The next summer, I bought a month bus pass with the intention of travelling to and around the Rocky Mountains. I was planning on camping and was carrying a lot of gear. When the bus got to St. Louis, I realized I had way over-packed for this adventure, went to the airport and bought a ticket home. I dumped the excess baggage and started over on the bus. A couple days later after sightseeing in Denver, I went to the airport and bought a ticket on a small airline to Aspen. After a few days there, I got sick. I bought a ticket back to Denver. Then a ticket to Memphis via changing planes in Dallas. Those flights were miserable, I felt like shit and I just wanted to get home.

But that was when flying was cheap and easy. I didn’t fly again for ten years or so and by then knew to use a travel agent to get the best rate and avoid any hassles.

Done it a few times with missed flights.

One time sticks in my memory though. c. 2005 I turned up at Munich airport with what I had thought was an e-ticket on my phone. Turns out that was just a confirmation and they’d posted my paper tickets to my home address (in the UK). They refused to reissue my tickets at the desk despite my email confirmation. But they were happy to sell me the last two seats on the flight - the seats I wasn’t taking because I didn’t have my ticket.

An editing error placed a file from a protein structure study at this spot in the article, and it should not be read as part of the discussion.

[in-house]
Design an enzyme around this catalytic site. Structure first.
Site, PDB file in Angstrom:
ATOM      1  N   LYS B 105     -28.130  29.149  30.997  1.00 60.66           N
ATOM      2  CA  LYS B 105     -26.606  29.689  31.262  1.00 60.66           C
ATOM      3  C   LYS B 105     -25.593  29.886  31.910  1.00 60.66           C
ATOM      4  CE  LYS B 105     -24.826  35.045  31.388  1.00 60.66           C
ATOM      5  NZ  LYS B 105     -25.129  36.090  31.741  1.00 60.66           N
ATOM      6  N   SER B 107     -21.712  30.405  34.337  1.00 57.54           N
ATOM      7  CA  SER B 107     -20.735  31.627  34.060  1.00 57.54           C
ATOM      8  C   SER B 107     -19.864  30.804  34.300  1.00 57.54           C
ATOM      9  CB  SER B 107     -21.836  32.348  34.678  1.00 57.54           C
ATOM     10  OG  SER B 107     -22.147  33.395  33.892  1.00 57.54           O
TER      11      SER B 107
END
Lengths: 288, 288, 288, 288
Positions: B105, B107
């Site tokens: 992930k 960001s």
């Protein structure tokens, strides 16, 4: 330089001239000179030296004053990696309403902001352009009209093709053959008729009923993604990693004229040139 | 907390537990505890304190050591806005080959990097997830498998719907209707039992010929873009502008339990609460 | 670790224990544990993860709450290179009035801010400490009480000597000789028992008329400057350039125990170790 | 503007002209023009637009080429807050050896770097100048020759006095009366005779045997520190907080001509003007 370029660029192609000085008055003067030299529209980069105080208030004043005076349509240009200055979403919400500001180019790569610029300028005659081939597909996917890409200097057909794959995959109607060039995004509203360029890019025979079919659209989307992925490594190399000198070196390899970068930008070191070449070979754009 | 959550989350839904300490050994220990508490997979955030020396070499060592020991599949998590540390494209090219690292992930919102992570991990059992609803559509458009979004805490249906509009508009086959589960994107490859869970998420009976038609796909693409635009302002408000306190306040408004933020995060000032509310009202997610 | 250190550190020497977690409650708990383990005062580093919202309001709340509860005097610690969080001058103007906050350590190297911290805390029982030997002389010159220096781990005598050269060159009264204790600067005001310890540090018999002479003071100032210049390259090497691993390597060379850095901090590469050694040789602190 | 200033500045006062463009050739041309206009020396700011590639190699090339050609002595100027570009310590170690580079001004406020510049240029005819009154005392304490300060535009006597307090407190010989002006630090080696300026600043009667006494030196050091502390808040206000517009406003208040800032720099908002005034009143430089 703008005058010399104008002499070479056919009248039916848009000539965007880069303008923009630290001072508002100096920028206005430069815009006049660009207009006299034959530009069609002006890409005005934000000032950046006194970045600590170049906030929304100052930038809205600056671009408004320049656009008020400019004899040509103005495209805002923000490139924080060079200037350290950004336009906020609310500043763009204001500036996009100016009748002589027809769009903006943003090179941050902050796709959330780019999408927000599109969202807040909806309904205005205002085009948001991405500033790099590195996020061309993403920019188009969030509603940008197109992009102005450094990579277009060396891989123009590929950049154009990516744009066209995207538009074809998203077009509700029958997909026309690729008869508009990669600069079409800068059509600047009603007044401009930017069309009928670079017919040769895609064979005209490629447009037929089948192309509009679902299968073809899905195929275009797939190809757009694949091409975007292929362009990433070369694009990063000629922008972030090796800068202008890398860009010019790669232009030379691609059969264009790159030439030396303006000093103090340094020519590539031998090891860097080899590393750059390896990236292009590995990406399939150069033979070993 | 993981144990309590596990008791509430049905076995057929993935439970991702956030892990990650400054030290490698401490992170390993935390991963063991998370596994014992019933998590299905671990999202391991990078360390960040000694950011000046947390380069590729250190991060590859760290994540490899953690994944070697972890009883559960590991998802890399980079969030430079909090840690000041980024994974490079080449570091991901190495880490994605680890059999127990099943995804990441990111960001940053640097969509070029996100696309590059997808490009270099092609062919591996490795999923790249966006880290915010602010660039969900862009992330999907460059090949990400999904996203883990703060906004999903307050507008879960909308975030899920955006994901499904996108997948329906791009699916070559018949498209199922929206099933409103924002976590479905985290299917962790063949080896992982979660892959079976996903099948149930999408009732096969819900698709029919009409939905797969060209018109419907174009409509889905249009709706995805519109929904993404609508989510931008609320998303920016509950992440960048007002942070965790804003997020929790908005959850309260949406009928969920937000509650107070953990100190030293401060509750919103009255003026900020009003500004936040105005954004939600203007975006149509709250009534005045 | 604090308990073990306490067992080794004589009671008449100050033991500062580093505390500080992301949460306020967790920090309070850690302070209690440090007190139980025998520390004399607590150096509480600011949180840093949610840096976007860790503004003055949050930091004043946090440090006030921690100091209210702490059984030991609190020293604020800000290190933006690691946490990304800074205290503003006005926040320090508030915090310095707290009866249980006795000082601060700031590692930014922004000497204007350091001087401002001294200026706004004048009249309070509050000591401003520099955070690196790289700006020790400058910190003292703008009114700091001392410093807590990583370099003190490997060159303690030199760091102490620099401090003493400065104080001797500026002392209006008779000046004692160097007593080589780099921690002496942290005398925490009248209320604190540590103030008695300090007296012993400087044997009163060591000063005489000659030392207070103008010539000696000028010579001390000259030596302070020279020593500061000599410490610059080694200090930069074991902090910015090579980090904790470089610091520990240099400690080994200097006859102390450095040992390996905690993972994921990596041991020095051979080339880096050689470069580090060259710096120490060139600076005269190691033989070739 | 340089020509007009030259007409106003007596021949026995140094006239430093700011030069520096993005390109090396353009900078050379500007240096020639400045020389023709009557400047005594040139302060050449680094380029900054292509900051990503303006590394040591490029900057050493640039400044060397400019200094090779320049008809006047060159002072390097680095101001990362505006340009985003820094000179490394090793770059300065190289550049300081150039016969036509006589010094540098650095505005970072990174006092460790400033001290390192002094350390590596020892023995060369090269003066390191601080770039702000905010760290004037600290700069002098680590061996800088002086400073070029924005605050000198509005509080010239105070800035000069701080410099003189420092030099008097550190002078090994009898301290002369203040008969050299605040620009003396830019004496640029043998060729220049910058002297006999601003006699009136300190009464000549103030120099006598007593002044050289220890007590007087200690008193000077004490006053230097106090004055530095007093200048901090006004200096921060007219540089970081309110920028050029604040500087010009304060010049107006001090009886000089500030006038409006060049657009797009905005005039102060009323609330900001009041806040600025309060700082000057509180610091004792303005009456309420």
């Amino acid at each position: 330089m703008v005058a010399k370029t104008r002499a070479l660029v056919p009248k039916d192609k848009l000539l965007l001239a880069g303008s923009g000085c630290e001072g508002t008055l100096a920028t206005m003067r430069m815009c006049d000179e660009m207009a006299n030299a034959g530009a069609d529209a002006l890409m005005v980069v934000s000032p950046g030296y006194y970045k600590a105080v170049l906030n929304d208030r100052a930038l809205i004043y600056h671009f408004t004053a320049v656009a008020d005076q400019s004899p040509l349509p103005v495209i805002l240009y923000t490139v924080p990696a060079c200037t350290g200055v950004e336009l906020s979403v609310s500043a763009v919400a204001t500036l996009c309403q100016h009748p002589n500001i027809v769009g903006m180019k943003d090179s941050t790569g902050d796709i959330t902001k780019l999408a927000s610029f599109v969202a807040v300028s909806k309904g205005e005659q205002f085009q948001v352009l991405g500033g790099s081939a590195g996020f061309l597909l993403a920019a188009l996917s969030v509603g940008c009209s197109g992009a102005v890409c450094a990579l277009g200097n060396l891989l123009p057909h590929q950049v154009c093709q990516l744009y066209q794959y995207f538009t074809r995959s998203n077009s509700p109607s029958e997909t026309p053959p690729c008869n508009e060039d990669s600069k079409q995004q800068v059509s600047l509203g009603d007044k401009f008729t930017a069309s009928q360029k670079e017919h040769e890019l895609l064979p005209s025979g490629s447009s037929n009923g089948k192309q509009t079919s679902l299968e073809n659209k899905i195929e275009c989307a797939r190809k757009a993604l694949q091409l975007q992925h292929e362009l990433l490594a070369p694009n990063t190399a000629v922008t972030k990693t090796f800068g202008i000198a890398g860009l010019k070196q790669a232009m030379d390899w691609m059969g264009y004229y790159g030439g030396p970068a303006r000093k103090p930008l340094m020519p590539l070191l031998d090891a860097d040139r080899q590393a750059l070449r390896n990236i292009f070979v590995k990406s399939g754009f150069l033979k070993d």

Needless to say, I’ve never flown Lufthansa again, and BOY do they regret it.

Back in my traveling consultant days, my client relationship managers would do this as a regular practice. Based on client availability schedules, they weren’t set on where they might have to be the next day. So, off to the airport to get a flight to Boise, then maybe the next day it’s Chicago, or maybe it’s Atlanta.

I actually used to work at Bristol airport, selling coffee.